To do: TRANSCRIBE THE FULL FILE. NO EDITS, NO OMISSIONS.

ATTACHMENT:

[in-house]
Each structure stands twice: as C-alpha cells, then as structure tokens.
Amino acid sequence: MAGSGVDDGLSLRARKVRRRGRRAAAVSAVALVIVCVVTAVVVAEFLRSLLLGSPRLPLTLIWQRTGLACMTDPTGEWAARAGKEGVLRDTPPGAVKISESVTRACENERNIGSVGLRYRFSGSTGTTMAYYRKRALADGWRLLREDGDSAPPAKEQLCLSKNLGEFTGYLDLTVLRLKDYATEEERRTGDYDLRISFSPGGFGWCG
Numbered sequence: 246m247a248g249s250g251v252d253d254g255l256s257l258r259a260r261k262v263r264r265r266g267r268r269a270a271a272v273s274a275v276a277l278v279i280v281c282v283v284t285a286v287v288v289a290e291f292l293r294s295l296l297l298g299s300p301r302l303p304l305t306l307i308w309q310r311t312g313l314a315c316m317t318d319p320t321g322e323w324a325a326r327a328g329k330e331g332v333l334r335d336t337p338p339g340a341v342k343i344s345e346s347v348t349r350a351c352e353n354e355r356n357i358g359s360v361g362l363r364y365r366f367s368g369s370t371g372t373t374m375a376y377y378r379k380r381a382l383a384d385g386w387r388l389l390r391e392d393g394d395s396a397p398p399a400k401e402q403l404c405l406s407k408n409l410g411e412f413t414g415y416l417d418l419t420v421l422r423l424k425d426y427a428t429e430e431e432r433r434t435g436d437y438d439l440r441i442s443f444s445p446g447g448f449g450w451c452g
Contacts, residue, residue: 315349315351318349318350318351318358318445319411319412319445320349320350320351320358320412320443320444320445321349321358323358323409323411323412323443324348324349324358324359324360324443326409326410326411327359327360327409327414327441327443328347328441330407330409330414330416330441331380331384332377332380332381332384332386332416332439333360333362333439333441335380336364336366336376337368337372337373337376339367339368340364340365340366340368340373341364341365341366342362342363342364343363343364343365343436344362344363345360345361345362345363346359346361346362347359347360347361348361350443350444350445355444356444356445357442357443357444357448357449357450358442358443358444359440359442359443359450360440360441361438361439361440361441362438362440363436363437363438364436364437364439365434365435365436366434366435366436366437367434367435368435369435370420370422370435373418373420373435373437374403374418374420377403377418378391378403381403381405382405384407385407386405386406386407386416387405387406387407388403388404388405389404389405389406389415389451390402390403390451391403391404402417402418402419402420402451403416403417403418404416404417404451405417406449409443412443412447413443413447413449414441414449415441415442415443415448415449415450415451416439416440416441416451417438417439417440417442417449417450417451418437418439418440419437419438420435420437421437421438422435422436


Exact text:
[in-house]
Each structure stands twice: as C-alpha cells, then as structure tokens.
Amino acid sequence: MAGSGVDDGLSLRARKVRRRGRRAAAVSAVALVIVCVVTAVVVAEFLRSLLLGSPRLPLTLIWQRTGLACMTDPTGEWAARAGKEGVLRDTPPGAVKISESVTRACENERNIGSVGLRYRFSGSTGTTMAYYRKRALADGWRLLREDGDSAPPAKEQLCLSKNLGEFTGYLDLTVLRLKDYATEEERRTGDYDLRISFSPGGFGWCG
Numbered sequence: 246m247a248g249s250g251v252d253d254g255l256s257l258r259a260r261k262v263r264r265r266g267r268r269a270a271a272v273s274a275v276a277l278v279i280v281c282v283v284t285a286v287v288v289a290e291f292l293r294s295l296l297l298g299s300p301r302l303p304l305t306l307i308w309q310r311t312g313l314a315c316m317t318d319p320t321g322e323w324a325a326r327a328g329k330e331g332v333l334r335d336t337p338p339g340a341v342k343i344s345e346s347v348t349r350a351c352e353n354e355r356n357i358g359s360v361g362l363r364y365r366f367s368g369s370t371g372t373t374m375a376y377y378r379k380r381a382l383a384d385g386w387r388l389l390r391e392d393g394d395s396a397p398p399a400k401e402q403l404c405l406s407k408n409l410g411e412f413t414g415y416l417d418l419t420v421l422r423l424k425d426y427a428t429e430e431e432r433r434t435g436d437y438d439l440r441i442s443f444s445p446g447g448f449g450w451c452g
Contacts, residue, residue: 315349315351318349318350318351318358318445319411319412319445320349320350320351320358320412320443320444320445321349321358323358323409323411323412323443324348324349324358324359324360324443326409326410326411327359327360327409327414327441327443328347328441330407330409330414330416330441331380331384332377332380332381332384332386332416332439333360333362333439333441335380336364336366336376337368337372337373337376339367339368340364340365340366340368340373341364341365341366342362342363342364343363343364343365343436344362344363345360345361345362345363346359346361346362347359347360347361348361350443350444350445355444356444356445357442357443357444357448357449357450358442358443358444359440359442359443359450360440360441361438361439361440361441362438362440363436363437363438364436364437364439365434365435365436366434366435366436366437367434367435368435369435370420370422370435373418373420373435373437374403374418374420377403377418378391378403381403381405382405384407385407386405386406386407386416387405387406387407388403388404388405389404389405389406389415389451390402390403390451391403391404402417402418402419402420402451403416403417403418404416404417404451405417406449409443412443412447413443413447413449414441414449415441415442415443415448415449415450415451416439416440416441416451417438417439417440417442417449417450417451418437418439418440419437419438420435420437421437421438422435422436